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The Summit for Democracy Is a Good Start—But What Comes Next?

Max Bergmann of the Center for American Progress addresses some common criticisms of the Summit, arguing that the initiative is a valuable effort that holds great potential for supporting democracy. Success hinges on the momentum set off by the initiative for leaders to feel empowered and democracies across the globe to support each other in a way that delivers tangible results.

Three criticisms are mainly levelled against the Summit: that it focusses too much on participating with democracies, and working with non-democracies should also be a priority; that the US should not be attempting to promote democracy globally while suffering problems at home; and issues with the list of invitees. In response, Bergmann argues that the US already works extensively with non-democracies, and that the Summit in fact gives democracies well-deserved recognition, that the US facing similar issues at home is all the more reason to hold the Summit and work together towards solutions for collective challenges, and that countries cared if they were invited or not, drawing more attention to the international benefits of a democratic system.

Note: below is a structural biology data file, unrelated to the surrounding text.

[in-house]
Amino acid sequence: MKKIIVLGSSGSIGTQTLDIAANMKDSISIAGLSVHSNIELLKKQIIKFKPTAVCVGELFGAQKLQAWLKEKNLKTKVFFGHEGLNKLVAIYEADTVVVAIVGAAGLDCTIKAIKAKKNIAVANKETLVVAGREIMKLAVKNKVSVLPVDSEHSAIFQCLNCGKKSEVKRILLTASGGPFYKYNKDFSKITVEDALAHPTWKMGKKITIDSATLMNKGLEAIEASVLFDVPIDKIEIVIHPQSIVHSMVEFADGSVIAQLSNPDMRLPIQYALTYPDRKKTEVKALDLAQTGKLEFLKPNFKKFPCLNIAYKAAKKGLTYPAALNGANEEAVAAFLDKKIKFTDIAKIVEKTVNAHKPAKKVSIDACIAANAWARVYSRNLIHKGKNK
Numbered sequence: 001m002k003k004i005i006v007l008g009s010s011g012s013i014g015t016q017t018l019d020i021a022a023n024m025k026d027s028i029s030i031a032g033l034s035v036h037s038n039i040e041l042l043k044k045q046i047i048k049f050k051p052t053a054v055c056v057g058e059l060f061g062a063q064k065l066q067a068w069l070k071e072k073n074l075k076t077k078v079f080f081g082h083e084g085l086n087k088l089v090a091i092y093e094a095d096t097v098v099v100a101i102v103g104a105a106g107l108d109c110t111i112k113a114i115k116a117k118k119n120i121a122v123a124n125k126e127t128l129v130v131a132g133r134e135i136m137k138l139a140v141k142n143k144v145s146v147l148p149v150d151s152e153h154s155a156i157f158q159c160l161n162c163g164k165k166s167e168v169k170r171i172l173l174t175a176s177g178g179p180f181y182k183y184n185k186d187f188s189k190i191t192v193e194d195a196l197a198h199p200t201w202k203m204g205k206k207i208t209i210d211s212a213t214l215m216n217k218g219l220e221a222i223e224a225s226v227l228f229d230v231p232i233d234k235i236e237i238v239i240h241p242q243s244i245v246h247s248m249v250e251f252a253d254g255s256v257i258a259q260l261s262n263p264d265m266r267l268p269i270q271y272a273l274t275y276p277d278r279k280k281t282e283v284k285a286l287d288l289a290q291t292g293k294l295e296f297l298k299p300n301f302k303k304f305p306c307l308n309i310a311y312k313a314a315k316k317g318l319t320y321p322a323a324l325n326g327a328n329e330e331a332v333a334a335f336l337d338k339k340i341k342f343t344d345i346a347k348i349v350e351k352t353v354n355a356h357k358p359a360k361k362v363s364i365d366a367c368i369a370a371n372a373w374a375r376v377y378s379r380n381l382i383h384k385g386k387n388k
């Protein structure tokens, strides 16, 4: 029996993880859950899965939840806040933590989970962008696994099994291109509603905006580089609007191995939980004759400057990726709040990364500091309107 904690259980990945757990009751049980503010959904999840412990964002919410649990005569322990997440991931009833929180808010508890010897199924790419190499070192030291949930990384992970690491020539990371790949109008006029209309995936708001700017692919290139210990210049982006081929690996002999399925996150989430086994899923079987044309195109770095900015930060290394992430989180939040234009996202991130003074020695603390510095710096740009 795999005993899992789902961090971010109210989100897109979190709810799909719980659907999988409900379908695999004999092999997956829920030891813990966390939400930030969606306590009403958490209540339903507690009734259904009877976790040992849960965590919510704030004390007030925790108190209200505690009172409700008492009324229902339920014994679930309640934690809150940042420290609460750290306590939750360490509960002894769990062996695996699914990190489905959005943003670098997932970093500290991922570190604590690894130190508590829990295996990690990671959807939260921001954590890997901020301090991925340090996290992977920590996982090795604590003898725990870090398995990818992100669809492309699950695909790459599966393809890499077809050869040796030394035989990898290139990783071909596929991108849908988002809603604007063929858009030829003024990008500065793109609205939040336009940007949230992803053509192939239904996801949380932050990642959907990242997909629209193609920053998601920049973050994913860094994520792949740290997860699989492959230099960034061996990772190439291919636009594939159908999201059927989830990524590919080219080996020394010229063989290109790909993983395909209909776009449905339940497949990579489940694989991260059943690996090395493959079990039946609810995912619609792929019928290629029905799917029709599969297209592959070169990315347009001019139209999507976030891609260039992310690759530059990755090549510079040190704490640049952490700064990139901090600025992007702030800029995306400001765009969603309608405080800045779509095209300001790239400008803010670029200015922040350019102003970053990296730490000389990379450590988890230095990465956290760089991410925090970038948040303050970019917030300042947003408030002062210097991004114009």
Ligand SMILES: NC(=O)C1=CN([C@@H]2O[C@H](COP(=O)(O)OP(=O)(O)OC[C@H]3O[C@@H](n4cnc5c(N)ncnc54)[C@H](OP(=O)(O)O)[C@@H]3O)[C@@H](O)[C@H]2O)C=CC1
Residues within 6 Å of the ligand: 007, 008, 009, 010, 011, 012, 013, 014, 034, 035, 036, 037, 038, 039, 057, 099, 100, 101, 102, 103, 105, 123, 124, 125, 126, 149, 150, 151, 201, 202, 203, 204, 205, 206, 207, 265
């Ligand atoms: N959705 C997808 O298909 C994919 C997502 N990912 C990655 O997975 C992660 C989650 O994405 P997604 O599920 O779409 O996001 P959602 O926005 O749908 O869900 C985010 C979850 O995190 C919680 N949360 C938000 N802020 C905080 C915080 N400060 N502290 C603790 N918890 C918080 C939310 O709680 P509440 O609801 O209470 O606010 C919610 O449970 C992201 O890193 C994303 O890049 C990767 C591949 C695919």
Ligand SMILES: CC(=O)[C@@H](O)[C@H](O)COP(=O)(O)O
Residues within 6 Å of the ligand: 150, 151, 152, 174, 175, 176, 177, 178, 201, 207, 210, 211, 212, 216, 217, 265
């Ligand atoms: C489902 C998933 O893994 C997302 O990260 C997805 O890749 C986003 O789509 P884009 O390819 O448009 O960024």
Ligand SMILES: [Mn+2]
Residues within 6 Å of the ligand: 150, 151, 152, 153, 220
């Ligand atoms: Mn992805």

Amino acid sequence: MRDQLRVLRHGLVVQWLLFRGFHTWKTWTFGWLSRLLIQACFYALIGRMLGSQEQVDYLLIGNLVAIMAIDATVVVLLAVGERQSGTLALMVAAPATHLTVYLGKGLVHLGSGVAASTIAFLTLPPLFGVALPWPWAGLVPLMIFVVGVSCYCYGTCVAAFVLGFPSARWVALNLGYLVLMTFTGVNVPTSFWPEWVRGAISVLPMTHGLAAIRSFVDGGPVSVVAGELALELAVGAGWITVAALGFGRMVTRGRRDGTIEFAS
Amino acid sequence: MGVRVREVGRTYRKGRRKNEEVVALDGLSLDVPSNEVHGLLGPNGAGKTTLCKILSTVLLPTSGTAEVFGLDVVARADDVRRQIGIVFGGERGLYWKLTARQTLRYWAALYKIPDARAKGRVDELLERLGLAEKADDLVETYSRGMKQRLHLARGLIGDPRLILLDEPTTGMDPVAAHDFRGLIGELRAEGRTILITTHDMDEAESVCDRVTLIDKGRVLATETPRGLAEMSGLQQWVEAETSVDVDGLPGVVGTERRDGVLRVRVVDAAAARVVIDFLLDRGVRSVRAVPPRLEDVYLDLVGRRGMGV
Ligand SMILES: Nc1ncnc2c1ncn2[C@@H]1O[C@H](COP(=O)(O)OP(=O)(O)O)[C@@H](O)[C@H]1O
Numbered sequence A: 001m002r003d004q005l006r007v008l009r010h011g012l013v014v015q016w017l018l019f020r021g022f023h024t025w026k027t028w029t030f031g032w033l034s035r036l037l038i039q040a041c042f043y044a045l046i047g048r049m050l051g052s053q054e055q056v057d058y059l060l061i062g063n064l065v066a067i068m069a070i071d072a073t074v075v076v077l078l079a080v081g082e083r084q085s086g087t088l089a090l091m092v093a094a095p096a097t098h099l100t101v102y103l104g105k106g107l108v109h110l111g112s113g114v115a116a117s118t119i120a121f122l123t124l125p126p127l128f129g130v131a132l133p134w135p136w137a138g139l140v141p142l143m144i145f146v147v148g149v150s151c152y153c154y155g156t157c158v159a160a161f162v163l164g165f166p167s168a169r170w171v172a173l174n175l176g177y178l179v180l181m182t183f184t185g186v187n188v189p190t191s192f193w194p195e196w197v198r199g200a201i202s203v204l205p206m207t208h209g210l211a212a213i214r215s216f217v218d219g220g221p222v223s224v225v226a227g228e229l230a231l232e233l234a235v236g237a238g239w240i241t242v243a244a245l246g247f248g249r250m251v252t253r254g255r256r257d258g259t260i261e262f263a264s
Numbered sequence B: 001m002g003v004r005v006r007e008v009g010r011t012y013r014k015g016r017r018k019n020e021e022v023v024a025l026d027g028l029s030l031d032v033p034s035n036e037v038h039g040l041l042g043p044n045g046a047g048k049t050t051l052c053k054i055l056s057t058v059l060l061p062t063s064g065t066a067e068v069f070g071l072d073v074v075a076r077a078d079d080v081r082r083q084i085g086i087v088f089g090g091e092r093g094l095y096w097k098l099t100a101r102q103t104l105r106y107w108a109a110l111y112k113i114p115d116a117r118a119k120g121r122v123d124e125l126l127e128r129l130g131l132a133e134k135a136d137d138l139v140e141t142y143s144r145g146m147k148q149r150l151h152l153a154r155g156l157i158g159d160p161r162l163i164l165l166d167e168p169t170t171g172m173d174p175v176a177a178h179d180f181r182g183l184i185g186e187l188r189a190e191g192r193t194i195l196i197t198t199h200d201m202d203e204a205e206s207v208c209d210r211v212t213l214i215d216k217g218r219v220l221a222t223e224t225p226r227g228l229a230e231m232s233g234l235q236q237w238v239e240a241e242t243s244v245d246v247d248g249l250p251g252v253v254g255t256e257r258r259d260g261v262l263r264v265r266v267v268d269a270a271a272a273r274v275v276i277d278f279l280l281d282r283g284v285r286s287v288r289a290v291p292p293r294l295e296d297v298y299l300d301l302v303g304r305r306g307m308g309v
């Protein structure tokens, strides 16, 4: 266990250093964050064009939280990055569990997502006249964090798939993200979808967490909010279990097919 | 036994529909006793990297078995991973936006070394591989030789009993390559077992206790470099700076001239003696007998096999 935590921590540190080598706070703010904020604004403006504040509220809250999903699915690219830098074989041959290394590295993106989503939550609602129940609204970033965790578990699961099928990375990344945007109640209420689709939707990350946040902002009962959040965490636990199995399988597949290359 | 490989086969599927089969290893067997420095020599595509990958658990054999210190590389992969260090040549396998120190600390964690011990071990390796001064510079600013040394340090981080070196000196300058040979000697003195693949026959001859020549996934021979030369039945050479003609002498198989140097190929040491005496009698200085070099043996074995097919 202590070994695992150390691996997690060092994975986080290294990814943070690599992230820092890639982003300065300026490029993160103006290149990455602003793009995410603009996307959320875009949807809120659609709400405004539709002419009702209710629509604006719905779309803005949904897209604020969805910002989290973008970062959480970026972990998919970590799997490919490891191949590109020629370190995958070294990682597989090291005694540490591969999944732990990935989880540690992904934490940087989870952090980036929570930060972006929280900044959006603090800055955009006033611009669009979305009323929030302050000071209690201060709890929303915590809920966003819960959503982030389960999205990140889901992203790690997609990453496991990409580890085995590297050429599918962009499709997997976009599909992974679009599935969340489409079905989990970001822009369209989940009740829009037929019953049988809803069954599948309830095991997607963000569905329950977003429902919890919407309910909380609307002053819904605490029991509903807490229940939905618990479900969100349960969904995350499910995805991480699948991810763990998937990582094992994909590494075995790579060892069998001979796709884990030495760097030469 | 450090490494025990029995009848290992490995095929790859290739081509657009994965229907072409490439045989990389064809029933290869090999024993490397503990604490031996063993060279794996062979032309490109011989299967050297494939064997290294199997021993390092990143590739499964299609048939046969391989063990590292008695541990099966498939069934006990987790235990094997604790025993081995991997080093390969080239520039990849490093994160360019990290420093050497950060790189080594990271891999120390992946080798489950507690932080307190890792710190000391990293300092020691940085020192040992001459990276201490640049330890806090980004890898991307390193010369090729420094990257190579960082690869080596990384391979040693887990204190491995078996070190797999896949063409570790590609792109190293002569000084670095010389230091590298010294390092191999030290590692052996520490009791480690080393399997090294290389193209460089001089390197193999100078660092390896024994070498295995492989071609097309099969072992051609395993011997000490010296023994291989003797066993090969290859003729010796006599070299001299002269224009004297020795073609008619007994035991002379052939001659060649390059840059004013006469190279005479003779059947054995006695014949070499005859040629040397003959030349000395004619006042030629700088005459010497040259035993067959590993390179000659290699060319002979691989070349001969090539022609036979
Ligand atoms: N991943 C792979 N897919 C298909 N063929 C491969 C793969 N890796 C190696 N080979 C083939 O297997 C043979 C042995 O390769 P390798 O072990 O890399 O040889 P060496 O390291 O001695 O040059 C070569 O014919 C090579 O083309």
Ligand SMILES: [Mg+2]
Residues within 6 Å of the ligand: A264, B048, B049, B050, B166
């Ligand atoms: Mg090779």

The goal over the Year of Action heading up to the 2022 Summit should be to "deliver an in-person Summit (Covid-19 permitting) that provides developing democracies some tangible benefits, such as development assistance, COVID-19 support, infrastructure financing, trade, visa preferences, and more."

Read the full piece at the Center for American Progress website here.